Artificial Intelligence (AI) is not a new concept in the world, but it has recently become one of the most hotly debated and critically examined topics. This is due to the remarkable advancements in AI technology, particularly the development of tools like ChatGPT, which have had a profound impact on various sectors, including education. While technology is advancing at an unprecedented pace, the progress of learning and education for many children worldwide is regressing, which is a cause for serious concern.

The Learning Poverty Report of 2022, a collaborative effort between UNESCO and the World Bank, has revealed deeply troubling statistics. In a group of low- to middle-income countries globally, it was discovered that approximately 70% of 10-year-old children are unable to read and comprehend simple passages. For Thailand, the figures are notably better at around 25%. Moreover, the report also highlighted that in Thailand, 1 in 7 individuals aged between 10 and 19 (14%) and 1 in 14 children aged 5 to 9 (7%) are grappling with severe mental health issues, which significantly impede their ability to learn.

On the one hand, AI offers hope that it can play a transformative role in addressing these disheartening statistics. The global education system is now confronted with the collective challenge of harnessing AI for teaching and learning in ways that maximize the potential of all learners, ensuring equity and efficiency.

Hence, the worldwide education system is collaboratively exploring methods to leverage AI in education to bring about positive changes.

Trekees vs. Terminators: “Is AI a Tool for Creating ‘Nurturers’ or ‘Predators’?”

From the perspective of Dr. Ananta K. Duraiappah, AI and various digital tools can serve both as heroes and villains. The crucial determinant of whether AI acts as a tool for creating “Nurturers” or “Predators” for humanity lies in the moral and ethical values of those who wield these tools. Mainstream media has long presented representations of the roles of AI in both of these forms.

For example, in the Star Trek series (first aired in 1966), there is a character named Data, who is an android in human form. Data’s role is to receive commands from humans and carry them out to develop the world in ways that humans could never achieve. On the contrary, in the movie series The Terminator (first released in 1984), certain robotic characters are portrayed as evil entities that hunt down and destroy humans.

The portrayal of AI in these two forms has been presented in the media for a long time, highlighting the potential for AI to either nurture or prey upon humanity. Ultimately, the ethical principles and values of those who control these tools play a pivotal role in determining whether AI becomes a force for good or a potential threat to humanity.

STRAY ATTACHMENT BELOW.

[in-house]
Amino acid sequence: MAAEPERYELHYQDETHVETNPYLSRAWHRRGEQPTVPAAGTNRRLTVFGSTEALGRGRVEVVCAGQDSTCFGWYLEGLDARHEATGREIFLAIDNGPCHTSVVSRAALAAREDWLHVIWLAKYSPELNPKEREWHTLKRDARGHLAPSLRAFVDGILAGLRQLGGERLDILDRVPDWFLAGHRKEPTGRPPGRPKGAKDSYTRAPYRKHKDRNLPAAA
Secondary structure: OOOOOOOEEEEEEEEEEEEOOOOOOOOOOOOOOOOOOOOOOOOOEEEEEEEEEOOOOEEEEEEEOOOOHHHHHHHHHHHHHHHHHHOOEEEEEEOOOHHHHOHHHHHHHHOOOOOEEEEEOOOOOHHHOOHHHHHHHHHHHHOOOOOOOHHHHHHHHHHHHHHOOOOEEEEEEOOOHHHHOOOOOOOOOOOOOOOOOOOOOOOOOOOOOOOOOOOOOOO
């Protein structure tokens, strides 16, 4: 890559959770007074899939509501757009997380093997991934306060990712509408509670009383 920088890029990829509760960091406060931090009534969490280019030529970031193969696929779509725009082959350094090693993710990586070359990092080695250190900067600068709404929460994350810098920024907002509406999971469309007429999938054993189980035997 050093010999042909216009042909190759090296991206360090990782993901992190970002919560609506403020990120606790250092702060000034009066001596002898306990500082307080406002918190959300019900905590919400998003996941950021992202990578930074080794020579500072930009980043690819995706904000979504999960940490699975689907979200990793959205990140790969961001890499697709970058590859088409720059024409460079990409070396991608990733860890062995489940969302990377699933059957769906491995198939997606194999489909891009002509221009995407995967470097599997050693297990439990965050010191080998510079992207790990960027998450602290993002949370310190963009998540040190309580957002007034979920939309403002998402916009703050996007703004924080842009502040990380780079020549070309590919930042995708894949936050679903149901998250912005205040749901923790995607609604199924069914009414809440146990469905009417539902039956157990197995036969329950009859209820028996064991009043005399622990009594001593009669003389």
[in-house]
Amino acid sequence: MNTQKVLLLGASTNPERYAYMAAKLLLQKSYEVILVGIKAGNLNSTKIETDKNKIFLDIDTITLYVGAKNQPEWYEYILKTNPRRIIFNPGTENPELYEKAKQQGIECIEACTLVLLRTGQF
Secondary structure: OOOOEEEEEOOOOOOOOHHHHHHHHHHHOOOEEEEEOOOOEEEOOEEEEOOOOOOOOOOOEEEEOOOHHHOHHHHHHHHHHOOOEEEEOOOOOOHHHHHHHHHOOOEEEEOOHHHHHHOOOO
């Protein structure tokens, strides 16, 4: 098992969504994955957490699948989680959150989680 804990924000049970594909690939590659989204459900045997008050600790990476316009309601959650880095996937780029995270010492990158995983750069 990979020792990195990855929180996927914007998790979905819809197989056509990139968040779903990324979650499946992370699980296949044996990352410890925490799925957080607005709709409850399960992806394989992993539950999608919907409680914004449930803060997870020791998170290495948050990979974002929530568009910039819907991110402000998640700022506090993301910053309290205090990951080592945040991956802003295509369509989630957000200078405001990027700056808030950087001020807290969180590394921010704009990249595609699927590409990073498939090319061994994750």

The Universal Declaration of Human Rights by the United Nations, in Article 26, specifies the objective of education as “the full development of the human personality and the strengthening of respect for human rights and fundamental freedoms.” However, in many countries worldwide, the education system still adheres to a “One-Size-Fits-All” curriculum model and places significant emphasis on individuals who succeed based on their inherent abilities or follow a meritocracy approach. This approach tends to foster competition for educational success and encourages students to become hunters, competing against each other. Furthermore, it can be viewed as a violation of the basic human rights of students in the global education system, which includes over 1.8 billion individuals who should receive education that is equitable in terms of resources and tailored to their talents and needs. This approach also often overlooks children with disabilities or developmental challenges, preventing them from accessing suitable education and denying them the opportunity to reach their full potential.

In the present world, we can no longer deny the essential role of AI in the teaching and learning processes. Rather than debating the appropriateness of integrating AI into education, the global community should come together to find ways to design educational systems that effectively incorporate AI. When designing such educational systems, it is imperative to steadfastly uphold the primary goal of education: to maximize the potential of learners and guide them towards the fulfillment of human potential, and, most importantly, to remain unwavering in our commitment to ethical principles.

Harnessing AI in Education

         To integrate AI effectively into the education system, there needs to be preparedness across three essential components: 1) Preparedness of the education system; 2) Key competencies for teachers; and 3) Key competencies for learners.

  1.     Preparedness of the education system:
    • Decision-makers at the policy level must understand the process of selecting AI tools suitable for each subject, grade level, and educational institution. They should be aware of how these tools address learning outcomes and which metrics they use for assessing such outcomes.
    • It is advisable to establish an international governmental body focused on AI in education, particularly to review and grant approval for AI tools before their actual implementation in teaching. This would be similar to the review and approval process for general textbooks. Currently, only a few private companies dominate the production and control of tools and data. Teachers and educational personnel should actively participate in the creation, review, and approval of AI tools in collaboration with private entities.
  1.     Key competencies for teachers:
    1. Teachers should receive advanced digital teaching skills training, including knowledge and understanding of Data, AI, and Analytics. This training will enable them to understand how to integrate AI into the curriculum in alignment with learning objectives.
    2. Teachers must also have an understanding of ethics in AI usage, particularly when overseeing educational AI initiatives. Establishing ethical guidelines for AI usage, specifically designed for teachers, should be considered by relevant AI oversight bodies. Additionally, teachers should receive training in SEL skills to cultivate a steadfast ethical mindset in their teaching practices.